We selected our venue at Werks 11 based on the fact that Temple and Bell County followed only the State guidelines, with no more local restrictions like we found in other cities/counties in our region. We checked with the Bell County Fire Marshall, to ensure we knew what the maximum capacity was for the Werks 11 shop. Tuffy and I agreed that, while Bell County and our event procedures didn’t require masks for all participants, we would make face coverings a requirement for the event. Julian Avent also opened up the shop doors (fresh air is always best), and provided two cars and two lifts side-by-side so that we could split up the participants AND cover the topic in even great detail with two different models.

Oil Changes was the topic, and while Julian narrated the session, Francisco showed the proper procedures on a 986 Boxster, while Jason showed the process on his 1977 911. Suffice to say, while the topic may seem minor to most people, and some people may think they know everything about doing oil changes, everyone in attendance said they learned something they didn’t already know about the topic. So, many thanks to Julian, Jason, and Francisco for sharing their knowledge with us.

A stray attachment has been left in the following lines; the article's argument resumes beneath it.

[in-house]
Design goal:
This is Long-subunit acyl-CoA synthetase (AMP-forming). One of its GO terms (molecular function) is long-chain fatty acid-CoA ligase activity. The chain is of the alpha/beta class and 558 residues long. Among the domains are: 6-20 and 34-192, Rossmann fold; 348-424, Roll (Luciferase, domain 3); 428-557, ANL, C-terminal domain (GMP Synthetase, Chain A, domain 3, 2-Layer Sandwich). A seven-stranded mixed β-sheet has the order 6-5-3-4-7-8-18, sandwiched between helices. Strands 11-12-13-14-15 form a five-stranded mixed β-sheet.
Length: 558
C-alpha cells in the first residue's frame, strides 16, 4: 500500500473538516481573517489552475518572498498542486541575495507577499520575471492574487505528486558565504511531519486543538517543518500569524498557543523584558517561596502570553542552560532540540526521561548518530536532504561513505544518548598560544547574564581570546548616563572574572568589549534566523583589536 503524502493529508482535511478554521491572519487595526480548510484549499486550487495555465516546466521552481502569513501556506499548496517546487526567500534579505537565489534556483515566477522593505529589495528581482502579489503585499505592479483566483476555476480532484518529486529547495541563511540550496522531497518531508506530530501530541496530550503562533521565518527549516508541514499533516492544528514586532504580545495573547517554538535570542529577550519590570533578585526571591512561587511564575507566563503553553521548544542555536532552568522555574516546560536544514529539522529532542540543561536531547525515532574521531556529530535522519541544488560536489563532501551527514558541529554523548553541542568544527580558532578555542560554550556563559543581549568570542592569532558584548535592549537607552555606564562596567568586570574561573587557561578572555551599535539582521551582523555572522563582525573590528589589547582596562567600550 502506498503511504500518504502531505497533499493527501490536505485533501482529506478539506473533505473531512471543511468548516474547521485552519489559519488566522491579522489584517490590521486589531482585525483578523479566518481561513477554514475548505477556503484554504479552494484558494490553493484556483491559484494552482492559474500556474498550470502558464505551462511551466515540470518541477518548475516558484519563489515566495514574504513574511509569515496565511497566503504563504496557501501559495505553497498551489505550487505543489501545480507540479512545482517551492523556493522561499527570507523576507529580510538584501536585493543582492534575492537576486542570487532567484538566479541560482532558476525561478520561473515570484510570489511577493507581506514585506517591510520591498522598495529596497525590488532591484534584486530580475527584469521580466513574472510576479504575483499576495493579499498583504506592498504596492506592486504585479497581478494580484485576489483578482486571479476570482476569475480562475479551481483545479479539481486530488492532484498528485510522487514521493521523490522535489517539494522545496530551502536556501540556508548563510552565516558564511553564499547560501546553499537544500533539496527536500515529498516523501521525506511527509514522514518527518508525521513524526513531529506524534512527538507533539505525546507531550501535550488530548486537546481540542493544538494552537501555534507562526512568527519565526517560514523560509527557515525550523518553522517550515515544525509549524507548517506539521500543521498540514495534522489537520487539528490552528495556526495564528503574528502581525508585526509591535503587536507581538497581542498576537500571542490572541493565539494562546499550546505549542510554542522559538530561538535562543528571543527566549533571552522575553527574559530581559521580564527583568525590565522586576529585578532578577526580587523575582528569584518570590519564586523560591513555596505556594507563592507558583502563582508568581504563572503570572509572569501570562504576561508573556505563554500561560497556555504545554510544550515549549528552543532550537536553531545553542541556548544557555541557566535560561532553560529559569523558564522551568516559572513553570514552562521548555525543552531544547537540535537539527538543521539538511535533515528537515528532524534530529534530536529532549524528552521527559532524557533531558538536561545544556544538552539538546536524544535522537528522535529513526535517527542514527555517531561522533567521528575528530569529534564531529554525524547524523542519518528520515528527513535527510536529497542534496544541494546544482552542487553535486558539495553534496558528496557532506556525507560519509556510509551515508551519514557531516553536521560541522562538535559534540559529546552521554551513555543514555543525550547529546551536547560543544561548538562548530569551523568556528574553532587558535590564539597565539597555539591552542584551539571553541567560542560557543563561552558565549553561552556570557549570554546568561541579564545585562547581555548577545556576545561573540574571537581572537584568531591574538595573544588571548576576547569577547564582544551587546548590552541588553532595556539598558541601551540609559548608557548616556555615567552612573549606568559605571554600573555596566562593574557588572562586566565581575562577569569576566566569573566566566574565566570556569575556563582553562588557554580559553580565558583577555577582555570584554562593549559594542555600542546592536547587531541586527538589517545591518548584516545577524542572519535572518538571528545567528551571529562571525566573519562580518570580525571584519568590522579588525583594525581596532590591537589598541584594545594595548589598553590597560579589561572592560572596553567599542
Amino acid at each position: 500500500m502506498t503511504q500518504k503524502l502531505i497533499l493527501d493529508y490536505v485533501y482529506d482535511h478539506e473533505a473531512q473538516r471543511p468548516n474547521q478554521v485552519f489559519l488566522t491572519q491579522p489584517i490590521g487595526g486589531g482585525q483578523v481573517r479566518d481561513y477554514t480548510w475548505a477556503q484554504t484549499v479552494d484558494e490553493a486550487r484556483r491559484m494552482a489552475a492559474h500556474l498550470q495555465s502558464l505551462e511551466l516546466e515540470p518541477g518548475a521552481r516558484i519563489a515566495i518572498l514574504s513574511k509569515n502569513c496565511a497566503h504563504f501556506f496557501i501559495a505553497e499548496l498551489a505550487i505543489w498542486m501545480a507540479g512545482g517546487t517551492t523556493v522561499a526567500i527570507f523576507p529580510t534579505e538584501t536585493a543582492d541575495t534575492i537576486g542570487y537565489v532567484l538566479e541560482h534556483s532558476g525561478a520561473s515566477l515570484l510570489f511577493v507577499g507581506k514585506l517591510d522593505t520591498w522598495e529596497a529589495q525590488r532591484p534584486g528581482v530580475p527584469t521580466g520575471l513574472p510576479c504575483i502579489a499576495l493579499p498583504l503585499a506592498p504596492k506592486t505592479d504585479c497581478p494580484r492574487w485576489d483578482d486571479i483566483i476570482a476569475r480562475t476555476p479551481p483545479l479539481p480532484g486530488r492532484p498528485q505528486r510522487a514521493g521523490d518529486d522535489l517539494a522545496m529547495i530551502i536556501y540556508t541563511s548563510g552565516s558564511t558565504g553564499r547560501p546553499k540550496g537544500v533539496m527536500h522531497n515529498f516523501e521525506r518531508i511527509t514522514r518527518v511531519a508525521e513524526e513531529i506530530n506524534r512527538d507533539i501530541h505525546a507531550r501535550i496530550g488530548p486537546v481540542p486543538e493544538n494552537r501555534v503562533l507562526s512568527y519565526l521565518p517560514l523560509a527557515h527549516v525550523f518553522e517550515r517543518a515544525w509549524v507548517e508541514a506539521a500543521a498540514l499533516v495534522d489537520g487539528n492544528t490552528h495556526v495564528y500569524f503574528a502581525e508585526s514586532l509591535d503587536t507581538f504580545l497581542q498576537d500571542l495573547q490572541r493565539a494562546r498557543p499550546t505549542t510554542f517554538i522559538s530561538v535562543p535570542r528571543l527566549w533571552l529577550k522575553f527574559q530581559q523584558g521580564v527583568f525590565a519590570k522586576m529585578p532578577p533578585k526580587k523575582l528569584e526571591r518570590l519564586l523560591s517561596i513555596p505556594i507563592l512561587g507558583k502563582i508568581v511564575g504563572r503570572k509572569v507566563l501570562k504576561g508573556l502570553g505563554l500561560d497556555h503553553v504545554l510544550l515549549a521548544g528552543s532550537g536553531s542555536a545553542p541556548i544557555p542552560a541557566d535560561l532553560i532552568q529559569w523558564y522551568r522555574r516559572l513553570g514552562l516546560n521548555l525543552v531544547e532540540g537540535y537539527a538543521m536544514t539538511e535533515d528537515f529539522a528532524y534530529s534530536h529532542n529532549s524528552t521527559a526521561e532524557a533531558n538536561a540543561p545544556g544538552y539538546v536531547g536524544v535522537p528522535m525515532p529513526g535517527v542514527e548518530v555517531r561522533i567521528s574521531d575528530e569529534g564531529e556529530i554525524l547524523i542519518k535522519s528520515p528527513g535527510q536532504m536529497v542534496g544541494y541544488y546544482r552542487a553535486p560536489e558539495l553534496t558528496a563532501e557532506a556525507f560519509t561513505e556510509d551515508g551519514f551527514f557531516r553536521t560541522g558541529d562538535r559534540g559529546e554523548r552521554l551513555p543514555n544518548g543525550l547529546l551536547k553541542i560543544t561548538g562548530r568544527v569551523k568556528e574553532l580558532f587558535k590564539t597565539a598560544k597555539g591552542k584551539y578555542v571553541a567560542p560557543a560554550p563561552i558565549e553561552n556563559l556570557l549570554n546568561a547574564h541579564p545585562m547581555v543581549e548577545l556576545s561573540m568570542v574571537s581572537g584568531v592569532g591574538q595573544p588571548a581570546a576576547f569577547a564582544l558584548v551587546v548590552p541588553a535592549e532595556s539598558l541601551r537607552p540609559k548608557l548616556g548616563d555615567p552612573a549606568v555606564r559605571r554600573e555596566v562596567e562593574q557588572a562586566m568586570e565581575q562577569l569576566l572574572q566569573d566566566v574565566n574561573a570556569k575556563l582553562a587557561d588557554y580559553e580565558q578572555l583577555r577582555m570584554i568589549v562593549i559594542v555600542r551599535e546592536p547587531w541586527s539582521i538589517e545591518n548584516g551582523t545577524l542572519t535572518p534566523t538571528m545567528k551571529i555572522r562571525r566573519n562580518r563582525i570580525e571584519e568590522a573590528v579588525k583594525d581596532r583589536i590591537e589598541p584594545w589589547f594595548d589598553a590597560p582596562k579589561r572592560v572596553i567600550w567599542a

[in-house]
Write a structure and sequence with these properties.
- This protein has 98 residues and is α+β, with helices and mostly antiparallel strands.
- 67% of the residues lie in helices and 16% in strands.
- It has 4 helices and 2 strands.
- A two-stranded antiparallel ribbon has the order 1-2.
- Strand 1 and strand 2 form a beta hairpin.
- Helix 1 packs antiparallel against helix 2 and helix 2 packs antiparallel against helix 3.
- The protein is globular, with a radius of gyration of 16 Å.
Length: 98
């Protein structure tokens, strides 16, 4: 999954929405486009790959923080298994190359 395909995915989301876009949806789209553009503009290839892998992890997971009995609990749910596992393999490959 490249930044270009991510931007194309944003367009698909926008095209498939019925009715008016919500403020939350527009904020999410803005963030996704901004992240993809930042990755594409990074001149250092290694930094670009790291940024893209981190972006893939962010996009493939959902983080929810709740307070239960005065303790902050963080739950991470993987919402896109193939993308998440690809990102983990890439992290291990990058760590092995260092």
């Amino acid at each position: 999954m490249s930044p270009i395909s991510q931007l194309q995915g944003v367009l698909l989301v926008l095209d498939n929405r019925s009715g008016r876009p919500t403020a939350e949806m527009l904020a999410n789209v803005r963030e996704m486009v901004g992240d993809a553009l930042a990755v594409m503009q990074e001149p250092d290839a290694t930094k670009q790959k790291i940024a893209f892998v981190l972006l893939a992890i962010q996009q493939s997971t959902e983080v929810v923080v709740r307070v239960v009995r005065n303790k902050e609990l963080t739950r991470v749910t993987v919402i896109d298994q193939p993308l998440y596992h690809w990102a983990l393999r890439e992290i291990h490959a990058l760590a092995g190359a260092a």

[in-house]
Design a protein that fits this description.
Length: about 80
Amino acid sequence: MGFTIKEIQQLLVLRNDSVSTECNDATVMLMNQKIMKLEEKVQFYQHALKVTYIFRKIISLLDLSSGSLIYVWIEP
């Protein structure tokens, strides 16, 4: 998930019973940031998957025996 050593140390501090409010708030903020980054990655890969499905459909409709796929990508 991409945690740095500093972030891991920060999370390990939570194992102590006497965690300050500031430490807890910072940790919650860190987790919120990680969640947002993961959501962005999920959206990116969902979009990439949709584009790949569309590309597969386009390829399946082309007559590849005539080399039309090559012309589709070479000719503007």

For instance, we all know that removing the drain plug from the oil pan produces a deluge of oil draining out quickly. But did you know that waiting an extra 20 minutes for the little bitty oil stream to continue in the Boxster oil change means you get another 2 quarts of oil out? That extra 20 minutes means a more complete removal of old oil. And we learned which parts can and cannot be reused (hint: its more than just the filter).

Or, how about the trick we learned for measuring the oil draining out of the 911 oil tank. Yes, most of the oil sits in the tank, and using a large measuring bucket (not a normal catch can) means you know exactly how much came out of the tank so you know how much needs to go back into the engine. Removing the oil plate on the older 911 is quite messy, and actually very little oil came out (most is held in the separate tank).

We also learned about the typical problems the techs see during oil changes. The standard one is metal filings, and we’ve all heard about that. But they also watch for silicon residue, which is a sign of a really bad previous oil change (using silicon around an oil gasket is a big no-no).

In any event, we got to ask lots of questions about things like viscosity preferences, torqueing the plastic cartridges that contain the oil filter on newer cars, vacuuming oil lines, how to add oil properly for the model car (some accept it slowly, others have to intermittently start the car during the adding process, etc). These are just some of details I never knew, and as I said earlier, everyone walked away better educated.

In closing, it felt good to be back up and running events again as a car club, even on this small scale. Huge thanks to the Werks 11 team, as usual, for helping us educate our members and working with us to adhere to all the state/local/PCA COVID requirements.

Now, if I could just figure out how to make hand sanitizer from used oil, it would be icing on the cake!